Why you Should Care About the Rule of 40!

In previous blogs we have talked about the importance of metrics other than just revenue growth.  This is particularly important for established software businesses that are looking to pursue M&A.  Some buyers (and investors for that matter) use the Rule of 40 when evaluating prospective investments. But what is the Rule of 40 and why should you care?

What is the Rule of 40?

Rule of 40 basically is a balance between growth and profitability.  The rule states that a company’s growth rate plus profitability (we use EBITDA because its indifferent to capital structure) should be greater than 40%.  So, if your growth rate is 30%, your EBITDA margin needs to be 10% of better to be able to garner an attractive valuation.  If you’re EBITDA margin is negative, this negative margin gets subtracted from your revenue growth to arrive at your score.

Why should you care?

This rule is quite appropriate in today’s market where there is so much Private Equity money as it values cashflow (which PE investors care about) with revenue growth - which in today’s world of elevated multiples is the only contributor to valuation growth – because it sure isn’t going to come from multiple expansion.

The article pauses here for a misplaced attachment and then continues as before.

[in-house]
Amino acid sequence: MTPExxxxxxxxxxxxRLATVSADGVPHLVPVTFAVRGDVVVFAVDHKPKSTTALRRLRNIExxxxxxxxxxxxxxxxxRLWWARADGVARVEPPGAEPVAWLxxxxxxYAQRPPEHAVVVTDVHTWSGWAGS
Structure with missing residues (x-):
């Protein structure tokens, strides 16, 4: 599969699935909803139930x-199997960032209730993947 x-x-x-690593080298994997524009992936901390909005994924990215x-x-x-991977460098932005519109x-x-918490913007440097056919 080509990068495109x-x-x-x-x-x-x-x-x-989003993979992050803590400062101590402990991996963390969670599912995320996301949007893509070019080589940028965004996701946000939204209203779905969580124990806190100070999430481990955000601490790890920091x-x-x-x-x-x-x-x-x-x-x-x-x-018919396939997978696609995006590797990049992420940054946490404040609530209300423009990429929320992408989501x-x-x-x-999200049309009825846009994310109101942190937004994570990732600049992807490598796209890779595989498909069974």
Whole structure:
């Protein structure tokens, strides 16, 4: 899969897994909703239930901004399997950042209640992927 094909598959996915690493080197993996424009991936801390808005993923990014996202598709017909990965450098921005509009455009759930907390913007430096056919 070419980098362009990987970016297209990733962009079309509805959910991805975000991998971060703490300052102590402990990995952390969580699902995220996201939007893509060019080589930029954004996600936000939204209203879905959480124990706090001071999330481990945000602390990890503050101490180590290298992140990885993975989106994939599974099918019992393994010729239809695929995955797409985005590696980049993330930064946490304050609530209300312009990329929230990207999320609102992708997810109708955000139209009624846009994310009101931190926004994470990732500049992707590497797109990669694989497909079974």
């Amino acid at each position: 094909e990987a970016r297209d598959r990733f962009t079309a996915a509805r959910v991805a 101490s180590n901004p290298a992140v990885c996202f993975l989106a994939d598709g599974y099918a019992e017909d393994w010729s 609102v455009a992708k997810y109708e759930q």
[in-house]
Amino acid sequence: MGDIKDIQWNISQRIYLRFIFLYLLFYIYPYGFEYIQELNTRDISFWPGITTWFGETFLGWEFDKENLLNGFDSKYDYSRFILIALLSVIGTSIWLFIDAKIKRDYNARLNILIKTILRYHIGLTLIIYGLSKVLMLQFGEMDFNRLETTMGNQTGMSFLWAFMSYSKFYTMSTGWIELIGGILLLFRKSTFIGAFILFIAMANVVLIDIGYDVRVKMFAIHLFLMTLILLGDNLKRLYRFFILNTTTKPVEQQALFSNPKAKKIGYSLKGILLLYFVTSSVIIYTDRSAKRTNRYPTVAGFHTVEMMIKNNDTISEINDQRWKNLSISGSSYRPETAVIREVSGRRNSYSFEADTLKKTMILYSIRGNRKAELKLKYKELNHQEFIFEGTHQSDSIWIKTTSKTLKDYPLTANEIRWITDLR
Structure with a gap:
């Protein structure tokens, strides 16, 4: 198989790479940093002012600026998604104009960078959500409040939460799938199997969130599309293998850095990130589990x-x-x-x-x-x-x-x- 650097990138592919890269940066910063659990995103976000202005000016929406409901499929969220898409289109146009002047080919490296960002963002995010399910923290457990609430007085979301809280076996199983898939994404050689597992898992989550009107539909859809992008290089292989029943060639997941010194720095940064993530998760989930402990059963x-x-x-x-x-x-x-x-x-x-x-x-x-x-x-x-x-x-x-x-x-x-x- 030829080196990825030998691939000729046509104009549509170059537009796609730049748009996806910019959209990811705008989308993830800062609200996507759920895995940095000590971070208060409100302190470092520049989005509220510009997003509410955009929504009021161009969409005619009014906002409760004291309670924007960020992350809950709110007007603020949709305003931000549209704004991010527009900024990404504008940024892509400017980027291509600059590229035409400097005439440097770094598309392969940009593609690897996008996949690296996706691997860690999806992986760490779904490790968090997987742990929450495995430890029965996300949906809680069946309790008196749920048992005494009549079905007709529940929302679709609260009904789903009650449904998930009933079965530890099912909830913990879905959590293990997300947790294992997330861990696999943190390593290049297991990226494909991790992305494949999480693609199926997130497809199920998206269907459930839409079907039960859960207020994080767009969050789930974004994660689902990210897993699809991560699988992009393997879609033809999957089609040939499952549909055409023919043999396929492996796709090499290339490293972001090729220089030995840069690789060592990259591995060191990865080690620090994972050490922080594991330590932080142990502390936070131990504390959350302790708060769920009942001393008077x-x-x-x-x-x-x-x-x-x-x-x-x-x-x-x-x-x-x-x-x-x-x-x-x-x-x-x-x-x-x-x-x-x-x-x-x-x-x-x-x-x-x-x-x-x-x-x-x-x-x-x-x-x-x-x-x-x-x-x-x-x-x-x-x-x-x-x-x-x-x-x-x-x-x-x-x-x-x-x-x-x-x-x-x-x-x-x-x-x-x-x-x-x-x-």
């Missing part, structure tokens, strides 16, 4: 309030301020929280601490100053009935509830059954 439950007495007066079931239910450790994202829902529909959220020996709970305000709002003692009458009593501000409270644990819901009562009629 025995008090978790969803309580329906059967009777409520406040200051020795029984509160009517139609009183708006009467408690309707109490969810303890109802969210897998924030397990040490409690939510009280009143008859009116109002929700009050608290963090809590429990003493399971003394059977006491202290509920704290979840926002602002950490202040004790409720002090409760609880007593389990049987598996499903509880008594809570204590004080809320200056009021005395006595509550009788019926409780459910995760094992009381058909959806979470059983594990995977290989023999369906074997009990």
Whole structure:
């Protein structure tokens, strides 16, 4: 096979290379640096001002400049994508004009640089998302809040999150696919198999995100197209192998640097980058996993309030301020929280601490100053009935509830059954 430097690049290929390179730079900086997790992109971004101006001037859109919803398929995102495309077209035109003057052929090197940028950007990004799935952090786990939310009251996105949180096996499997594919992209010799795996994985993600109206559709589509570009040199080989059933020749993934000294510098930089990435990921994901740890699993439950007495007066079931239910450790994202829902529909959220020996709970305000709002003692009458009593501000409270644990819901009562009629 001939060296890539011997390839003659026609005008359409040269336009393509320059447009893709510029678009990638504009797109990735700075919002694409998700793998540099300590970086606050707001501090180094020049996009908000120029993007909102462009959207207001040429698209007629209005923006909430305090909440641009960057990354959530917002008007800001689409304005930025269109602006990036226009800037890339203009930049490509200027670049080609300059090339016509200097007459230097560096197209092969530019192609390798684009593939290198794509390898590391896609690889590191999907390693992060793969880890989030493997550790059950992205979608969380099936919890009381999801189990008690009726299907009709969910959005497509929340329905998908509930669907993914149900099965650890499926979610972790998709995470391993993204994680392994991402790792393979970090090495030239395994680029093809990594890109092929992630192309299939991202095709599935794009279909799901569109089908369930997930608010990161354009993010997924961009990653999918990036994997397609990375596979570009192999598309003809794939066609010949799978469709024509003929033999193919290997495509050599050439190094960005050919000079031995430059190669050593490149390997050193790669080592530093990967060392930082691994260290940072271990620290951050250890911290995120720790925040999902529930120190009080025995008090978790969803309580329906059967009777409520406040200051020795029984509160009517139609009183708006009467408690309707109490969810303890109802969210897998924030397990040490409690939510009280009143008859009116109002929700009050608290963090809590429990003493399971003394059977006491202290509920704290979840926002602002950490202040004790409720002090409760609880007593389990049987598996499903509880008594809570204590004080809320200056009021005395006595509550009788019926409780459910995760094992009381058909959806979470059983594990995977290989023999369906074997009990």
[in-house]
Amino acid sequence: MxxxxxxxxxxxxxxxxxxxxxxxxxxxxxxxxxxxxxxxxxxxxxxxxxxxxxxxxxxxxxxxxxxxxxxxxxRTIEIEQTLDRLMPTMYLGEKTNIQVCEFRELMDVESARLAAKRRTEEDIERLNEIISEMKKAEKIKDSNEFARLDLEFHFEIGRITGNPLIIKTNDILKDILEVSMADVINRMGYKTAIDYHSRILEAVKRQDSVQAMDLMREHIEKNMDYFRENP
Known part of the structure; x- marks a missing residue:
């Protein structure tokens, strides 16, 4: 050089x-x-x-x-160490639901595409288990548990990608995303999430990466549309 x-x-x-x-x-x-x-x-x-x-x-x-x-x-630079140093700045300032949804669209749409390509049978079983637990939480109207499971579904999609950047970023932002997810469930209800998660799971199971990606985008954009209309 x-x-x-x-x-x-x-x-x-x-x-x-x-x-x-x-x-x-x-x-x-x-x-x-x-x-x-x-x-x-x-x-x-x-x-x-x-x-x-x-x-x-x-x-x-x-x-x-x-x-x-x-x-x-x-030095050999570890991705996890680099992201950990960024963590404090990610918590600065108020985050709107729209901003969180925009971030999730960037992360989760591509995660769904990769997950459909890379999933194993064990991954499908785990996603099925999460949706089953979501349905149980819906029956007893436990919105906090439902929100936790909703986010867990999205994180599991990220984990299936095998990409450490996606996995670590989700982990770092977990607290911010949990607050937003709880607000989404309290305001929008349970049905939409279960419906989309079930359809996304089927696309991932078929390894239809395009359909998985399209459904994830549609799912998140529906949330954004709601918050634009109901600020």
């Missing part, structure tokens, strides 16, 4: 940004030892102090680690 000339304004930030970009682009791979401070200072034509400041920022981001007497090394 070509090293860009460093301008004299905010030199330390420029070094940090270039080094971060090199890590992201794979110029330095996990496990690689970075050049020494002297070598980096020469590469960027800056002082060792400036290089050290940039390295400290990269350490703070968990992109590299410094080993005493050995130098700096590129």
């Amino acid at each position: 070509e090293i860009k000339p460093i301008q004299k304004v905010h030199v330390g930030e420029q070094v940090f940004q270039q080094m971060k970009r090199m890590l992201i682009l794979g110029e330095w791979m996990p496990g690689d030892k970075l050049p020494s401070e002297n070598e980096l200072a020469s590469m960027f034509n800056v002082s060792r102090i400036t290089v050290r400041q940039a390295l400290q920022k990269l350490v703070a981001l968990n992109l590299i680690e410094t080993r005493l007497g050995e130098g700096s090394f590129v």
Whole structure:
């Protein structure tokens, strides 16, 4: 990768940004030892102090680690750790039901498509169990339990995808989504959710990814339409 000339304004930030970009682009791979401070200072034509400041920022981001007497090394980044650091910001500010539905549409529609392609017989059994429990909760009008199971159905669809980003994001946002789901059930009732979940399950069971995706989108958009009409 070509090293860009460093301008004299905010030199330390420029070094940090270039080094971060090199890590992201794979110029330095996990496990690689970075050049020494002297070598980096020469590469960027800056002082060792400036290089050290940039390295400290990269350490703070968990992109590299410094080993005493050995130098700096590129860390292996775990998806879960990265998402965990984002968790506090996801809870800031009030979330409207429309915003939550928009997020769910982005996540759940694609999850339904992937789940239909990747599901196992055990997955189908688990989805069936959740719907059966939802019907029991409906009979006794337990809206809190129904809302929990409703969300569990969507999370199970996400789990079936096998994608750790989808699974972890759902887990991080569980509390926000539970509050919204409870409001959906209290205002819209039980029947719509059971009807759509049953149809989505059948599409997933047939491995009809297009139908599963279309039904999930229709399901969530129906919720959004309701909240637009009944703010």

Let’s take a look at a few examples so we can get a better handle on this.  Say for example that a company is growing revenue at 10% per year.  If the same company isn’t doing 30%+ EBITDA margins there isn’t much hope for the company to return much cashflow to shareholders because it can’t grow quick enough to deliver robust cashflow growth.

Where it becomes harder is to apply is hyper growth companies that are still growing extremely rapidly.  For example, a company that is growing 100% year-over-year but is EBITDA negative to the tune of -60% margins, will have a score of 40.  But at this point it becomes a question of access to capital, CAC/LTV ratio and other metrics that determine if that investment in near-term losses is economically attractive long-term.

Where the model doesn’t work

Obviously, the Rule of 40 doesn’t work in all instances.  For example, early stage companies looking to raise VC capital usually won’t fit this paradigm.  Especially if they are pre-revenue (obviously).  But even early stage companies with rapidly growing revenue might greatly exceed rule of 40 due to the law of low numbers that lead to a high revenue growth %.  So in our view its really only applicable to companies that are a little more established.

Ed Bryant